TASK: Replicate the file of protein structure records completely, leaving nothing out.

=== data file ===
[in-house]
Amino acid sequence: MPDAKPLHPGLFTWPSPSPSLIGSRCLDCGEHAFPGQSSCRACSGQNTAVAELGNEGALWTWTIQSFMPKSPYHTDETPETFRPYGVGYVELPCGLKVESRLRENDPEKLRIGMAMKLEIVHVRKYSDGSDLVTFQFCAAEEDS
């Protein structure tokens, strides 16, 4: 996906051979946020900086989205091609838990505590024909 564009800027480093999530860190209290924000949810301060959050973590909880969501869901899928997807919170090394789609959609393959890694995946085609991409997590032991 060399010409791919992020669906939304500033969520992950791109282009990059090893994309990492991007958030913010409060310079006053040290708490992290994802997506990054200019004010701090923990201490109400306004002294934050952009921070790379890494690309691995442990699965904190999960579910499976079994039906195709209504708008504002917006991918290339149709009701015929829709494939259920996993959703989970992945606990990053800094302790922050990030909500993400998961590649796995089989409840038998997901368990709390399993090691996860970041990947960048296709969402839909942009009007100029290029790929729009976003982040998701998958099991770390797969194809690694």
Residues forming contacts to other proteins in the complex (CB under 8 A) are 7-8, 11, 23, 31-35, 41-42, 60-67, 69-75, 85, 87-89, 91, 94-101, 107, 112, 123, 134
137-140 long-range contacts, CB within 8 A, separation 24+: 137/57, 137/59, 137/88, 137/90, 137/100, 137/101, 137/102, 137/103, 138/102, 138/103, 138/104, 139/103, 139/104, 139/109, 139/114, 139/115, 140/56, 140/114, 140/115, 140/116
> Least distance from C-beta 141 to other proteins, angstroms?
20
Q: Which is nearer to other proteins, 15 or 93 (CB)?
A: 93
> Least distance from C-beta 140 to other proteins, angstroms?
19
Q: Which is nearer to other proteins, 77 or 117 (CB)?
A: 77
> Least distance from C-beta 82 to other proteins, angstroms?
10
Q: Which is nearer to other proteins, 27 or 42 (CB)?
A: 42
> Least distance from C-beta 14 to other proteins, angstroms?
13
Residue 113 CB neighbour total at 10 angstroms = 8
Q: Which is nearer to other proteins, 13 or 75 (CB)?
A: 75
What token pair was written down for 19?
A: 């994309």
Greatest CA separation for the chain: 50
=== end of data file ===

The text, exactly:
[in-house]
Amino acid sequence: MPDAKPLHPGLFTWPSPSPSLIGSRCLDCGEHAFPGQSSCRACSGQNTAVAELGNEGALWTWTIQSFMPKSPYHTDETPETFRPYGVGYVELPCGLKVESRLRENDPEKLRIGMAMKLEIVHVRKYSDGSDLVTFQFCAAEEDS
């Protein structure tokens, strides 16, 4: 996906051979946020900086989205091609838990505590024909 564009800027480093999530860190209290924000949810301060959050973590909880969501869901899928997807919170090394789609959609393959890694995946085609991409997590032991 060399010409791919992020669906939304500033969520992950791109282009990059090893994309990492991007958030913010409060310079006053040290708490992290994802997506990054200019004010701090923990201490109400306004002294934050952009921070790379890494690309691995442990699965904190999960579910499976079994039906195709209504708008504002917006991918290339149709009701015929829709494939259920996993959703989970992945606990990053800094302790922050990030909500993400998961590649796995089989409840038998997901368990709390399993090691996860970041990947960048296709969402839909942009009007100029290029790929729009976003982040998701998958099991770390797969194809690694």
Residues forming contacts to other proteins in the complex (CB under 8 A) are 7-8, 11, 23, 31-35, 41-42, 60-67, 69-75, 85, 87-89, 91, 94-101, 107, 112, 123, 134
137-140 long-range contacts, CB within 8 A, separation 24+: 137/57, 137/59, 137/88, 137/90, 137/100, 137/101, 137/102, 137/103, 138/102, 138/103, 138/104, 139/103, 139/104, 139/109, 139/114, 139/115, 140/56, 140/114, 140/115, 140/116
> Least distance from C-beta 141 to other proteins, angstroms?
20
Q: Which is nearer to other proteins, 15 or 93 (CB)?
A: 93
> Least distance from C-beta 140 to other proteins, angstroms?
19
Q: Which is nearer to other proteins, 77 or 117 (CB)?
A: 77
> Least distance from C-beta 82 to other proteins, angstroms?
10
Q: Which is nearer to other proteins, 27 or 42 (CB)?
A: 42
> Least distance from C-beta 14 to other proteins, angstroms?
13
Residue 113 CB neighbour total at 10 angstroms = 8
Q: Which is nearer to other proteins, 13 or 75 (CB)?
A: 75
What token pair was written down for 19?
A: 């994309």
Greatest CA separation for the chain: 50